Kobe has a hectic schedule for his final weekend, but much as he has since he announced his retirement he is trying to soak in and fully enjoy this last go around in the NBA. He understands that the life he has known for two decades is about to change. He hasn’t given much thought to his first day of retirement.

“I’ll probably wake up and have some coffee and go back to sleep,” Bryant said.

I don’t think he understands why you drink coffee, but he’s got all of his retirement to figure that out. For now, he just wants to bask in the spotlight one last time.

Zach LaVine wins MVP, Kristaps Porzingis puts on show in Rising Stars Challenge

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TORONTO — Canada’s own Andrew Wiggins was the rock star of the night. “An-drew-Wi-gins” chants broke out in the Air Canada Center as Canada’s native son put on a show with 29 points (and a few dunks) leading a World Team comeback against the USA in the Rising Stars Challenge.

“An-drew-Wi-gins” chants broke out in the Air Canada Center as Canada’s native son put on a show with 29 points (and a few huge dunks), sparking a World Team comeback against the USA in the Rising Stars Challenge.

His Minnesota teammate Karl-Anthony Towns was going to have none of that.

“I gotta see Andrew Wiggins for a long time and I want to rub this in,” Towns said.

He got his wish, the USA beat the World Team 157-154.

It was a glorified pickup game for three quarters, and the level of defensive intensity will make Sunday’s All-Star game look like Tom Thibodeau teams are playing. That led to a lot of high scorers.

Zach LaVine — the other teammate of Wiggins and Towns — led the USA with 30 points and was named the game’s MVP, and said he wanted to steal Wiggins’ thunder at home.

“That’s what I was going for,” LaVine said.

Also from the USA, Jordan Clarkson (Lakers) had 25, Devon Booker (Suns) had 23 and was 5-of-8 from three, D'Angelo Russell (Lakers) had 22, and Towns chipped in 18 points and 7 boards.

Knicks sensation Kristaps Porzingis was the second most popular player in the building, and he had 30 for the World team.

“Not great defense, but it’s about having fun, I guess,” Porzingis said. “And I think we had fun out there. In the second half we got more competitive, as both teams wanted to get the win, and we fell a little short.”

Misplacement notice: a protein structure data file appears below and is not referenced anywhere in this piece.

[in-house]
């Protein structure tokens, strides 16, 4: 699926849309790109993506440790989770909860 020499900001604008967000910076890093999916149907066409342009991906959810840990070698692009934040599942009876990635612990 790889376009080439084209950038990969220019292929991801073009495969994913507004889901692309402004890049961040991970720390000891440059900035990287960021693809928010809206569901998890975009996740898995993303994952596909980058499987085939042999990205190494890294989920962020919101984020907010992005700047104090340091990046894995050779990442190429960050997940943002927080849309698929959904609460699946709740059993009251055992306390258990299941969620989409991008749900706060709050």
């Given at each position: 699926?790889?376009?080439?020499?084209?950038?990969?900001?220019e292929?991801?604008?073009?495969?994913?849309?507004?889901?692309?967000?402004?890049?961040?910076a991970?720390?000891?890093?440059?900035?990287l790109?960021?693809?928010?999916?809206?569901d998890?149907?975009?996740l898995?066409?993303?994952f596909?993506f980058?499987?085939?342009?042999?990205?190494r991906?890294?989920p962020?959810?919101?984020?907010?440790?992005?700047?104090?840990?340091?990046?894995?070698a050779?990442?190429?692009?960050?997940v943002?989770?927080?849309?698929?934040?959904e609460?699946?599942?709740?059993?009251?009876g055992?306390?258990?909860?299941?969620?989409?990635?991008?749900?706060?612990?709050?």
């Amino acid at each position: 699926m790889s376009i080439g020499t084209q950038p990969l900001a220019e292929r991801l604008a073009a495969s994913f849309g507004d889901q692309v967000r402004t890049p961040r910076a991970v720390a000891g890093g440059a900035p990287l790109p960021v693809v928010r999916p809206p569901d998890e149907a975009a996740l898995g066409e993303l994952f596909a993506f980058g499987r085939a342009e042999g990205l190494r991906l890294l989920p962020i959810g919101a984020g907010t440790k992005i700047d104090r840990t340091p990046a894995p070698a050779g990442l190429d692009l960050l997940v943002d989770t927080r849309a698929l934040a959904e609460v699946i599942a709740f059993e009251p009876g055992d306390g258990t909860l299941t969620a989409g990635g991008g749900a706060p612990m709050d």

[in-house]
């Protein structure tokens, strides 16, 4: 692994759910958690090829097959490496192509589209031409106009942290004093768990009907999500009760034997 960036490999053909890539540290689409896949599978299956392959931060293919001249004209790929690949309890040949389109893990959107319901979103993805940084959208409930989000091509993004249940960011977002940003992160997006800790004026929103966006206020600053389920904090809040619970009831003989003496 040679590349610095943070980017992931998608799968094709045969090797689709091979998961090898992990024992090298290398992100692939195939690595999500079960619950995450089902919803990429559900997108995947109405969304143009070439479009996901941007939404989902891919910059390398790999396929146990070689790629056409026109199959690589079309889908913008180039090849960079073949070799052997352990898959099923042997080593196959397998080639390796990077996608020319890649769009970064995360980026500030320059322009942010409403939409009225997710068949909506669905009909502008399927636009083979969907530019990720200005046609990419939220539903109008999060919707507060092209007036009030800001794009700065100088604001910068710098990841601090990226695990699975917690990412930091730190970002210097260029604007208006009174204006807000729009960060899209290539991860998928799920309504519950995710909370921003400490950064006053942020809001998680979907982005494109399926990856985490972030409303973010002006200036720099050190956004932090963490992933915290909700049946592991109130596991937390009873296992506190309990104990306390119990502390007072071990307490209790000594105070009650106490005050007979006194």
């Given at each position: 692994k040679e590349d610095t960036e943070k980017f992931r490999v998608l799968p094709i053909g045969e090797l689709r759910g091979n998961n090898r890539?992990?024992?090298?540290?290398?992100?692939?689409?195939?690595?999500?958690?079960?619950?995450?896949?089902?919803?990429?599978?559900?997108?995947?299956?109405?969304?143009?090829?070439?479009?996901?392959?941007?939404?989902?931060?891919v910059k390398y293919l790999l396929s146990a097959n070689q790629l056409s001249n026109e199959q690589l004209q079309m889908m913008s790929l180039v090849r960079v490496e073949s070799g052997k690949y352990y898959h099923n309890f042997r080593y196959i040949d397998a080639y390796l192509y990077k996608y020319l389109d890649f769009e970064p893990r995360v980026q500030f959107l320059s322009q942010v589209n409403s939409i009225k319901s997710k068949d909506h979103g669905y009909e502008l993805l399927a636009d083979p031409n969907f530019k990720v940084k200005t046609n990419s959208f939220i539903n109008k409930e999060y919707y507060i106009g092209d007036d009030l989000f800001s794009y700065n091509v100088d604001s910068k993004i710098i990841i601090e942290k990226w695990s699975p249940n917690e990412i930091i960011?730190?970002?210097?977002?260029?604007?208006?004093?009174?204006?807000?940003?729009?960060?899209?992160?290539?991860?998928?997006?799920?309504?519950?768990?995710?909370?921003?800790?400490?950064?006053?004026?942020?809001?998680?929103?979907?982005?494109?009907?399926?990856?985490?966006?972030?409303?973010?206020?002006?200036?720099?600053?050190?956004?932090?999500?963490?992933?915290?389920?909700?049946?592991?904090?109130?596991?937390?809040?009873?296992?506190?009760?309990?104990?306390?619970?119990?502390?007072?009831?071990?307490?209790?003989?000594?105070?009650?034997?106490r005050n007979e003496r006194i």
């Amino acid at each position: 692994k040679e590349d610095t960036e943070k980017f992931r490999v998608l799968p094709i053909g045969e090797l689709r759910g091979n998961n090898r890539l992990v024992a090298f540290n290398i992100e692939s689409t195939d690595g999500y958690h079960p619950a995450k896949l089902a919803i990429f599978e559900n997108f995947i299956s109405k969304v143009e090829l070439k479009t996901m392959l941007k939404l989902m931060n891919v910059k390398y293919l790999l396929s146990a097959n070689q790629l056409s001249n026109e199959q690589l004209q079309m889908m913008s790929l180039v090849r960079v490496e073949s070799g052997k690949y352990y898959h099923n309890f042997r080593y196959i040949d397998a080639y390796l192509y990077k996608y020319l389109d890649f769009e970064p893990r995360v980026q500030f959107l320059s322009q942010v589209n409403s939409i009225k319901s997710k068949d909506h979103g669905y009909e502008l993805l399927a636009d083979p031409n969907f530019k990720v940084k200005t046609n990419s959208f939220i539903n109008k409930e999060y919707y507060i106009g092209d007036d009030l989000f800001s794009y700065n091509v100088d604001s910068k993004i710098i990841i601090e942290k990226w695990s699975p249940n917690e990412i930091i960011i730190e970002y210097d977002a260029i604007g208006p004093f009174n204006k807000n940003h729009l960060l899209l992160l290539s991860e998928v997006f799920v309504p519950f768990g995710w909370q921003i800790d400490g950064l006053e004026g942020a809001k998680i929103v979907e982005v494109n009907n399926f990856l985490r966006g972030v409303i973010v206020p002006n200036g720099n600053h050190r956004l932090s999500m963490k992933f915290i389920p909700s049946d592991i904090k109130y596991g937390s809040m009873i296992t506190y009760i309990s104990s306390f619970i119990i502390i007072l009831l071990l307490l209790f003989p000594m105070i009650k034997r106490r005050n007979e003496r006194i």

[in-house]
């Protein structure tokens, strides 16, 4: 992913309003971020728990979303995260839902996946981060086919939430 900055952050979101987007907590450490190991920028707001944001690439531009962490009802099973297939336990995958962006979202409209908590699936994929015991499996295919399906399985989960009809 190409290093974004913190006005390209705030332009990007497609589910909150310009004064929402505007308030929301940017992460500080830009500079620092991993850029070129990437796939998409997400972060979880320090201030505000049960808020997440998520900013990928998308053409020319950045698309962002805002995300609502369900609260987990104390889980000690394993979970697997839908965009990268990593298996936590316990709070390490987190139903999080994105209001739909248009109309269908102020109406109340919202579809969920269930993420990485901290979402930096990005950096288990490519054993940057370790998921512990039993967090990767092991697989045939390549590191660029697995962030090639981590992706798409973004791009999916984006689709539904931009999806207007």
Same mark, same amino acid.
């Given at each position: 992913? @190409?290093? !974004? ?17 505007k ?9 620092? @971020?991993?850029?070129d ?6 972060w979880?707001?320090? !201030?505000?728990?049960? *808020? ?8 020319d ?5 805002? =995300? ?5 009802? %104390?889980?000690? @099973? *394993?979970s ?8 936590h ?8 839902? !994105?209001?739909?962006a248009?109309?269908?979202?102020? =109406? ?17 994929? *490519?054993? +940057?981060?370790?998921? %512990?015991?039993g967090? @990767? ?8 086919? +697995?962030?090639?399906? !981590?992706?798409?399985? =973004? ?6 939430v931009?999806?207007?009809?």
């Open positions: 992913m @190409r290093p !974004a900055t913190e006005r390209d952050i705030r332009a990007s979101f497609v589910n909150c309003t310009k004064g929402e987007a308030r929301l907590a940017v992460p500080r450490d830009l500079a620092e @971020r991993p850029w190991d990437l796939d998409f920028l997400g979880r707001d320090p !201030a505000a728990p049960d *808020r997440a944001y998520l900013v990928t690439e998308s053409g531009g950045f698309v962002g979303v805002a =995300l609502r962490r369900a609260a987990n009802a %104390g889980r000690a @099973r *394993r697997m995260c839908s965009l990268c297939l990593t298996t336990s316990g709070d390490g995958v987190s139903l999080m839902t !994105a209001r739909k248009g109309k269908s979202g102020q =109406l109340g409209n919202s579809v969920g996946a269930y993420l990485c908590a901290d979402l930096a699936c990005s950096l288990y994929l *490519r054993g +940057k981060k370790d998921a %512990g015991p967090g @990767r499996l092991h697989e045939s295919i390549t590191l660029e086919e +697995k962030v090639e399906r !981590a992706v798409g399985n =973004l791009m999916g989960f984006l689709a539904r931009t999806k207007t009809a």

Also for the World Emmanuel Mudiay (Nuggets) had 30 points, Wiggins had 29, and Mario Hezonja (Magic) had 19.

The intensity and defense did pick up in the end, although one wouldn’t call it a thing of beauty. What matters is the crowd in the Air Canada Centre enjoyed it, even if their team didn’t win. It’s an exhibition, and they got a show.

Report: Celtics, Cavaliers talking Kevin Love trade; could include Knicks, ‘Melo

Cleveland Cavaliers' Kevin Love holds the ball away from Boston Celtics' Amir Johnson during the second quarter of a NBA basketball game in Boston Tuesday, Dec. 15, 2015. (AP Photo/Winslow Townson)
Associated Press
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The Celtics are looking for an elite player to improve their deep cast of role players. The Cavaliers are looking for depth. And Carmelo Anthony may just be looking to win.

All of that has talks between the Cavaliers and Celtics on a potential Love deal progressing, with the possibility of the Knicks as a third team also in the mix, according to Frank Isola of the New York Daily News.

The Daily News has learned that the Boston Celtics and Cleveland Cavaliers have discussed a blockbuster trade centered around Kevin Love. There were very preliminary discussions about expanding the deal to include the Knicks and Anthony, who would have to waive his no-trade clause in order to facilitate a deal to the Cavs.

The Knicks would receive draft picks and players in return. One of those players is believed to be Timofey Mozgov, who five years ago was traded by the Knicks to Denver in the Anthony deal.

This is a longshot, but the report has some legs.

It’s not clear how far along these talks are. The trade deadline is Feb. 18 (next Thursday) and conversations tend to move past the theoretical/value judging phase and get real come All-Star Weekend, when many GMs and decision makers are in one place (and nobody can go outside because it is too cold in Toronto). This trade works for the Cavaliers if they get a quality stretch four in return — Kelly Olynyk? — plus some depth and a quality pick. The question for the Cavs is simply how much can they get back — this is a win-now team and Love helps that, so how does a trade make them better?

Would Danny Ainge move the unprotected Brooklyn Nets pick to get Love? Jae Crowder? How much would Boston surrender to get an elite star, especially one under a reasonable, long contract?

Carmelo Anthony wants a ring, if he could end up playing with LeBron and be much closer to it than he is now, he would waive his no-trade clause.

That said, this trade sounds like a longshot. At least at the deadline. Next Summer… who knows?

Watch Kevin Hart be Kevin Hart at the NBA All-Star Celebrity Game

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Kevin Hart has a movie to promote decided to come out of retirement to play in the NBA All-Star Friday Night Celebrity Game.

And, he did what Kevin Hart does.

Well, except win MVP of the game, that went to Win Butler (the Canadian lead singer of Arcade Fire). Butler led Canada to a 74-63 win over Hart and the USA.